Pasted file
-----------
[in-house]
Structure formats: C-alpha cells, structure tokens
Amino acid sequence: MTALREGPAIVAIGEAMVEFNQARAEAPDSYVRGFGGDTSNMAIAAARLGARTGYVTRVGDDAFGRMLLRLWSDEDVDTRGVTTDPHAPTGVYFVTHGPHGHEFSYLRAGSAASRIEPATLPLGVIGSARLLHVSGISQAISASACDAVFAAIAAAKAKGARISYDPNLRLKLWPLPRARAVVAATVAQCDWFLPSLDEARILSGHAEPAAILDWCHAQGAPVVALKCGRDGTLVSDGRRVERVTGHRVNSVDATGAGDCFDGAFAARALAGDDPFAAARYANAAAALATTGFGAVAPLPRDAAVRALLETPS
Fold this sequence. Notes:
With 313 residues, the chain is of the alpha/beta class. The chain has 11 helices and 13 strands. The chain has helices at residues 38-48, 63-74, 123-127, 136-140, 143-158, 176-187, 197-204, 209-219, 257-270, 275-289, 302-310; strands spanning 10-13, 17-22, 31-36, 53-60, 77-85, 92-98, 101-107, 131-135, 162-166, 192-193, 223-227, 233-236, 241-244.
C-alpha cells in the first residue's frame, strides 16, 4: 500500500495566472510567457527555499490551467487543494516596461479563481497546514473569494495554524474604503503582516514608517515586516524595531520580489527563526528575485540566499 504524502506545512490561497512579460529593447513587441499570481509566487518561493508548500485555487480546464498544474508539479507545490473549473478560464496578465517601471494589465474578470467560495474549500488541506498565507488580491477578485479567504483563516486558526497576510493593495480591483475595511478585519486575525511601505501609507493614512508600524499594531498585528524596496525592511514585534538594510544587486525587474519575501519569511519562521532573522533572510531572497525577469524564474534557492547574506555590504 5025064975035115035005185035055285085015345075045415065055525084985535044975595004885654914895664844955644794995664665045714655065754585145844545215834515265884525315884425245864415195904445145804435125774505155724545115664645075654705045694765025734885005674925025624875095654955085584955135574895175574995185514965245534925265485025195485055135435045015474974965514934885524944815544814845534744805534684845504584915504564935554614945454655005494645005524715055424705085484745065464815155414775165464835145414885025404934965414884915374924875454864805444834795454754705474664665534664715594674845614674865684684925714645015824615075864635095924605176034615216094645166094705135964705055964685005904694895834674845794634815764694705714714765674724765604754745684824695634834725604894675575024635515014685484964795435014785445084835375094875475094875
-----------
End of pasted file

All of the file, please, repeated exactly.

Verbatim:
[in-house]
Structure formats: C-alpha cells, structure tokens
Amino acid sequence: MTALREGPAIVAIGEAMVEFNQARAEAPDSYVRGFGGDTSNMAIAAARLGARTGYVTRVGDDAFGRMLLRLWSDEDVDTRGVTTDPHAPTGVYFVTHGPHGHEFSYLRAGSAASRIEPATLPLGVIGSARLLHVSGISQAISASACDAVFAAIAAAKAKGARISYDPNLRLKLWPLPRARAVVAATVAQCDWFLPSLDEARILSGHAEPAAILDWCHAQGAPVVALKCGRDGTLVSDGRRVERVTGHRVNSVDATGAGDCFDGAFAARALAGDDPFAAARYANAAAALATTGFGAVAPLPRDAAVRALLETPS
Fold this sequence. Notes:
With 313 residues, the chain is of the alpha/beta class. The chain has 11 helices and 13 strands. The chain has helices at residues 38-48, 63-74, 123-127, 136-140, 143-158, 176-187, 197-204, 209-219, 257-270, 275-289, 302-310; strands spanning 10-13, 17-22, 31-36, 53-60, 77-85, 92-98, 101-107, 131-135, 162-166, 192-193, 223-227, 233-236, 241-244.
C-alpha cells in the first residue's frame, strides 16, 4: 500500500495566472510567457527555499490551467487543494516596461479563481497546514473569494495554524474604503503582516514608517515586516524595531520580489527563526528575485540566499 504524502506545512490561497512579460529593447513587441499570481509566487518561493508548500485555487480546464498544474508539479507545490473549473478560464496578465517601471494589465474578470467560495474549500488541506498565507488580491477578485479567504483563516486558526497576510493593495480591483475595511478585519486575525511601505501609507493614512508600524499594531498585528524596496525592511514585534538594510544587486525587474519575501519569511519562521532573522533572510531572497525577469524564474534557492547574506555590504 5025064975035115035005185035055285085015345075045415065055525084985535044975595004885654914895664844955644794995664665045714655065754585145844545215834515265884525315884425245864415195904445145804435125774505155724545115664645075654705045694765025734885005674925025624875095654955085584955135574895175574995185514965245534925265485025195485055135435045015474974965514934885524944815544814845534744805534684845504584915504564935554614945454655005494645005524715055424705085484745065464815155414775165464835145414885025404934965414884915374924875454864805444834795454754705474664665534664715594674845614674865684684925714645015824615075864635095924605176034615216094645166094705135964705055964685005904694895834674845794634815764694705714714765674724765604754745684824695634834725604894675575024635515014685484964795435014785445084835375094875475094875